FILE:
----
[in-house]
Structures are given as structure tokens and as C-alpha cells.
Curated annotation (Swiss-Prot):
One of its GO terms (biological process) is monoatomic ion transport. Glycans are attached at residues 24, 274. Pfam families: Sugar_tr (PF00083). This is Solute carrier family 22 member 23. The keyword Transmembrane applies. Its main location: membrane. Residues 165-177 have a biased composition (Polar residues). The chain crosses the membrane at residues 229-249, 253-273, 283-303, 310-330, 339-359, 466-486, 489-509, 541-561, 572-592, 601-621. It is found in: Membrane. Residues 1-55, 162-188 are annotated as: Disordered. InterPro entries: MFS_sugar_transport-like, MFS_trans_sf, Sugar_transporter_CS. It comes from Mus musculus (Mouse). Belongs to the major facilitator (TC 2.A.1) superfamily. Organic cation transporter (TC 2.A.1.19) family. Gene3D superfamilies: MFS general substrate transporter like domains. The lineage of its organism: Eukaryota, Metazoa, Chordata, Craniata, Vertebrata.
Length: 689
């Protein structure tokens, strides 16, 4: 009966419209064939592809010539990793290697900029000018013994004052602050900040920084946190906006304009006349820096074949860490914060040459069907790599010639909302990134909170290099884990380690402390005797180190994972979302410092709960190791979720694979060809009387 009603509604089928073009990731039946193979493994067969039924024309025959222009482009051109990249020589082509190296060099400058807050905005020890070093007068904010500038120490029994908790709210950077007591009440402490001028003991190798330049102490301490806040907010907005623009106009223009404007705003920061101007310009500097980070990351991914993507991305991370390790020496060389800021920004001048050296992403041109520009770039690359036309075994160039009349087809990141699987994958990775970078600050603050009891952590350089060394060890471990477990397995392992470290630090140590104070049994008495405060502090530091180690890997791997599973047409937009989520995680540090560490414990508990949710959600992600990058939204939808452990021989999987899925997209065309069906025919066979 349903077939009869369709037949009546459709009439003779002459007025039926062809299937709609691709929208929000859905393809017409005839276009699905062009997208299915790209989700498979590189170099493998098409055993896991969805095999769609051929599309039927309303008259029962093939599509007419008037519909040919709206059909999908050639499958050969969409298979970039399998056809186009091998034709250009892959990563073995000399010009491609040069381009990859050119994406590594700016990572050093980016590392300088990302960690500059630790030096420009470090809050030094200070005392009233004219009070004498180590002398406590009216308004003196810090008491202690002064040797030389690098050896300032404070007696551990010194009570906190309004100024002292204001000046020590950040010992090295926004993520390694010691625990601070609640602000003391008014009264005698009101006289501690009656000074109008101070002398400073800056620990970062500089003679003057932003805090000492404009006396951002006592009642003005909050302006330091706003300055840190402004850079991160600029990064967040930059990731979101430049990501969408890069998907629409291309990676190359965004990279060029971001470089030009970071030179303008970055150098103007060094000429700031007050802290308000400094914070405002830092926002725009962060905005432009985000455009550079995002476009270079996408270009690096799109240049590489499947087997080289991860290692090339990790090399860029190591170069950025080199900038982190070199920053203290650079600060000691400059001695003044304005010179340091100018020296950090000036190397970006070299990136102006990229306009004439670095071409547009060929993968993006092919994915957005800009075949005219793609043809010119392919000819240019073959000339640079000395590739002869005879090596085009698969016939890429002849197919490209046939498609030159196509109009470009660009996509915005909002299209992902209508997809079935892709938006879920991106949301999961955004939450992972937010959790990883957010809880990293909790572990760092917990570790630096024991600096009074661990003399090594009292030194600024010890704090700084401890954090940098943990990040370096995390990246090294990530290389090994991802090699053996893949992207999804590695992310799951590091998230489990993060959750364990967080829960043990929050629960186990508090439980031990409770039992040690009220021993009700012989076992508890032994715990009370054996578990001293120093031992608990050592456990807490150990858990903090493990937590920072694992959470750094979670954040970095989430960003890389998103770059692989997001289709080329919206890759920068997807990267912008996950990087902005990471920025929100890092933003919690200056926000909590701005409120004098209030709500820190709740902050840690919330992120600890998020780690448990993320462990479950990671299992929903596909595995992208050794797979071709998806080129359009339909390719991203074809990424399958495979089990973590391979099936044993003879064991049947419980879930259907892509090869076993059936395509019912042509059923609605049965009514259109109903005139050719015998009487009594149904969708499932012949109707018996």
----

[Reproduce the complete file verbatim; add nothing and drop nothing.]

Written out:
[in-house]
Structures are given as structure tokens and as C-alpha cells.
Curated annotation (Swiss-Prot):
One of its GO terms (biological process) is monoatomic ion transport. Glycans are attached at residues 24, 274. Pfam families: Sugar_tr (PF00083). This is Solute carrier family 22 member 23. The keyword Transmembrane applies. Its main location: membrane. Residues 165-177 have a biased composition (Polar residues). The chain crosses the membrane at residues 229-249, 253-273, 283-303, 310-330, 339-359, 466-486, 489-509, 541-561, 572-592, 601-621. It is found in: Membrane. Residues 1-55, 162-188 are annotated as: Disordered. InterPro entries: MFS_sugar_transport-like, MFS_trans_sf, Sugar_transporter_CS. It comes from Mus musculus (Mouse). Belongs to the major facilitator (TC 2.A.1) superfamily. Organic cation transporter (TC 2.A.1.19) family. Gene3D superfamilies: MFS general substrate transporter like domains. The lineage of its organism: Eukaryota, Metazoa, Chordata, Craniata, Vertebrata.
Length: 689
């Protein structure tokens, strides 16, 4: 009966419209064939592809010539990793290697900029000018013994004052602050900040920084946190906006304009006349820096074949860490914060040459069907790599010639909302990134909170290099884990380690402390005797180190994972979302410092709960190791979720694979060809009387 009603509604089928073009990731039946193979493994067969039924024309025959222009482009051109990249020589082509190296060099400058807050905005020890070093007068904010500038120490029994908790709210950077007591009440402490001028003991190798330049102490301490806040907010907005623009106009223009404007705003920061101007310009500097980070990351991914993507991305991370390790020496060389800021920004001048050296992403041109520009770039690359036309075994160039009349087809990141699987994958990775970078600050603050009891952590350089060394060890471990477990397995392992470290630090140590104070049994008495405060502090530091180690890997791997599973047409937009989520995680540090560490414990508990949710959600992600990058939204939808452990021989999987899925997209065309069906025919066979 349903077939009869369709037949009546459709009439003779002459007025039926062809299937709609691709929208929000859905393809017409005839276009699905062009997208299915790209989700498979590189170099493998098409055993896991969805095999769609051929599309039927309303008259029962093939599509007419008037519909040919709206059909999908050639499958050969969409298979970039399998056809186009091998034709250009892959990563073995000399010009491609040069381009990859050119994406590594700016990572050093980016590392300088990302960690500059630790030096420009470090809050030094200070005392009233004219009070004498180590002398406590009216308004003196810090008491202690002064040797030389690098050896300032404070007696551990010194009570906190309004100024002292204001000046020590950040010992090295926004993520390694010691625990601070609640602000003391008014009264005698009101006289501690009656000074109008101070002398400073800056620990970062500089003679003057932003805090000492404009006396951002006592009642003005909050302006330091706003300055840190402004850079991160600029990064967040930059990731979101430049990501969408890069998907629409291309990676190359965004990279060029971001470089030009970071030179303008970055150098103007060094000429700031007050802290308000400094914070405002830092926002725009962060905005432009985000455009550079995002476009270079996408270009690096799109240049590489499947087997080289991860290692090339990790090399860029190591170069950025080199900038982190070199920053203290650079600060000691400059001695003044304005010179340091100018020296950090000036190397970006070299990136102006990229306009004439670095071409547009060929993968993006092919994915957005800009075949005219793609043809010119392919000819240019073959000339640079000395590739002869005879090596085009698969016939890429002849197919490209046939498609030159196509109009470009660009996509915005909002299209992902209508997809079935892709938006879920991106949301999961955004939450992972937010959790990883957010809880990293909790572990760092917990570790630096024991600096009074661990003399090594009292030194600024010890704090700084401890954090940098943990990040370096995390990246090294990530290389090994991802090699053996893949992207999804590695992310799951590091998230489990993060959750364990967080829960043990929050629960186990508090439980031990409770039992040690009220021993009700012989076992508890032994715990009370054996578990001293120093031992608990050592456990807490150990858990903090493990937590920072694992959470750094979670954040970095989430960003890389998103770059692989997001289709080329919206890759920068997807990267912008996950990087902005990471920025929100890092933003919690200056926000909590701005409120004098209030709500820190709740902050840690919330992120600890998020780690448990993320462990479950990671299992929903596909595995992208050794797979071709998806080129359009339909390719991203074809990424399958495979089990973590391979099936044993003879064991049947419980879930259907892509090869076993059936395509019912042509059923609605049965009514259109109903005139050719015998009487009594149904969708499932012949109707018996």